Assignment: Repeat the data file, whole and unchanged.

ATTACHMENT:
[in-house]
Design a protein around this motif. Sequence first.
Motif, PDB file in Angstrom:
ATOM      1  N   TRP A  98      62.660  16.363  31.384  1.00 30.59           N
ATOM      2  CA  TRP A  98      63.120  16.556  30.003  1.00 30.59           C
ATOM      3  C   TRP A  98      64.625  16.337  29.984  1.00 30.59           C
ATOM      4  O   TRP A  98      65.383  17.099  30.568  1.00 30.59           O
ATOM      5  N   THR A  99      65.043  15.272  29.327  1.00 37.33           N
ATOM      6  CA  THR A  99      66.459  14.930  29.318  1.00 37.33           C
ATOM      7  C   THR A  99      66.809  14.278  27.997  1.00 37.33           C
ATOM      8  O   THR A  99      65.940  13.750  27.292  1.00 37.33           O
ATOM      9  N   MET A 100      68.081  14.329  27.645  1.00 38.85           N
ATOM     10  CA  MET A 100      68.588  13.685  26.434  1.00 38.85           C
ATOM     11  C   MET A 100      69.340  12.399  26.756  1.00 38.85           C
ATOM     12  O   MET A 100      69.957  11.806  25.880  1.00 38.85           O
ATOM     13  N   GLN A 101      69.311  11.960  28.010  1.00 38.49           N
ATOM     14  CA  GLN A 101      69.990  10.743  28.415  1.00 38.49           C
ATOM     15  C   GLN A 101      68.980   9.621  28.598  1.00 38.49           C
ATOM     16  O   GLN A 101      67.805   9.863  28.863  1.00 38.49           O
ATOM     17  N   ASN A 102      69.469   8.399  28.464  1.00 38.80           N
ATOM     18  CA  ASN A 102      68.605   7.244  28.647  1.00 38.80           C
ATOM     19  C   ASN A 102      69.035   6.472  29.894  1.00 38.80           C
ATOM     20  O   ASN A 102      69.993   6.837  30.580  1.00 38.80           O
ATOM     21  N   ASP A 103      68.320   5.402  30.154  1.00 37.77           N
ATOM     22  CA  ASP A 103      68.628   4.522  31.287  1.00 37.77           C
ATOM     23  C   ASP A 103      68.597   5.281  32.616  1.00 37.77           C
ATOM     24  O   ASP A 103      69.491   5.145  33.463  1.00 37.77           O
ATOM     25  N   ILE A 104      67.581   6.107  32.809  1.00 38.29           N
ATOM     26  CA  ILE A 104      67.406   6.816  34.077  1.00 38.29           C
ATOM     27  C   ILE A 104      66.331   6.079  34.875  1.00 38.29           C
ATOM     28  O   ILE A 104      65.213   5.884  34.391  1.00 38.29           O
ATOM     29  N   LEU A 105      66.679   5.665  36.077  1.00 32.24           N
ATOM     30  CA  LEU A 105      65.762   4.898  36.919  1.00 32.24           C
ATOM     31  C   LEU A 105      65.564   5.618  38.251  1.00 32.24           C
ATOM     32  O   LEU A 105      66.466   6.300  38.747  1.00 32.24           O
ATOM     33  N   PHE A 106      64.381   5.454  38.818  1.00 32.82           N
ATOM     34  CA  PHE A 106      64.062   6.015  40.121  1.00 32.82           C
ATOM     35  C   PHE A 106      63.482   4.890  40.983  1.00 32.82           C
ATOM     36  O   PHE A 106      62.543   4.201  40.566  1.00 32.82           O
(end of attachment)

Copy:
[in-house]
Design a protein around this motif. Sequence first.
Motif, PDB file in Angstrom:
ATOM      1  N   TRP A  98      62.660  16.363  31.384  1.00 30.59           N
ATOM      2  CA  TRP A  98      63.120  16.556  30.003  1.00 30.59           C
ATOM      3  C   TRP A  98      64.625  16.337  29.984  1.00 30.59           C
ATOM      4  O   TRP A  98      65.383  17.099  30.568  1.00 30.59           O
ATOM      5  N   THR A  99      65.043  15.272  29.327  1.00 37.33           N
ATOM      6  CA  THR A  99      66.459  14.930  29.318  1.00 37.33           C
ATOM      7  C   THR A  99      66.809  14.278  27.997  1.00 37.33           C
ATOM      8  O   THR A  99      65.940  13.750  27.292  1.00 37.33           O
ATOM      9  N   MET A 100      68.081  14.329  27.645  1.00 38.85           N
ATOM     10  CA  MET A 100      68.588  13.685  26.434  1.00 38.85           C
ATOM     11  C   MET A 100      69.340  12.399  26.756  1.00 38.85           C
ATOM     12  O   MET A 100      69.957  11.806  25.880  1.00 38.85           O
ATOM     13  N   GLN A 101      69.311  11.960  28.010  1.00 38.49           N
ATOM     14  CA  GLN A 101      69.990  10.743  28.415  1.00 38.49           C
ATOM     15  C   GLN A 101      68.980   9.621  28.598  1.00 38.49           C
ATOM     16  O   GLN A 101      67.805   9.863  28.863  1.00 38.49           O
ATOM     17  N   ASN A 102      69.469   8.399  28.464  1.00 38.80           N
ATOM     18  CA  ASN A 102      68.605   7.244  28.647  1.00 38.80           C
ATOM     19  C   ASN A 102      69.035   6.472  29.894  1.00 38.80           C
ATOM     20  O   ASN A 102      69.993   6.837  30.580  1.00 38.80           O
ATOM     21  N   ASP A 103      68.320   5.402  30.154  1.00 37.77           N
ATOM     22  CA  ASP A 103      68.628   4.522  31.287  1.00 37.77           C
ATOM     23  C   ASP A 103      68.597   5.281  32.616  1.00 37.77           C
ATOM     24  O   ASP A 103      69.491   5.145  33.463  1.00 37.77           O
ATOM     25  N   ILE A 104      67.581   6.107  32.809  1.00 38.29           N
ATOM     26  CA  ILE A 104      67.406   6.816  34.077  1.00 38.29           C
ATOM     27  C   ILE A 104      66.331   6.079  34.875  1.00 38.29           C
ATOM     28  O   ILE A 104      65.213   5.884  34.391  1.00 38.29           O
ATOM     29  N   LEU A 105      66.679   5.665  36.077  1.00 32.24           N
ATOM     30  CA  LEU A 105      65.762   4.898  36.919  1.00 32.24           C
ATOM     31  C   LEU A 105      65.564   5.618  38.251  1.00 32.24           C
ATOM     32  O   LEU A 105      66.466   6.300  38.747  1.00 32.24           O
ATOM     33  N   PHE A 106      64.381   5.454  38.818  1.00 32.82           N
ATOM     34  CA  PHE A 106      64.062   6.015  40.121  1.00 32.82           C
ATOM     35  C   PHE A 106      63.482   4.890  40.983  1.00 32.82           C
ATOM     36  O   PHE A 106      62.543   4.201  40.566  1.00 32.82           O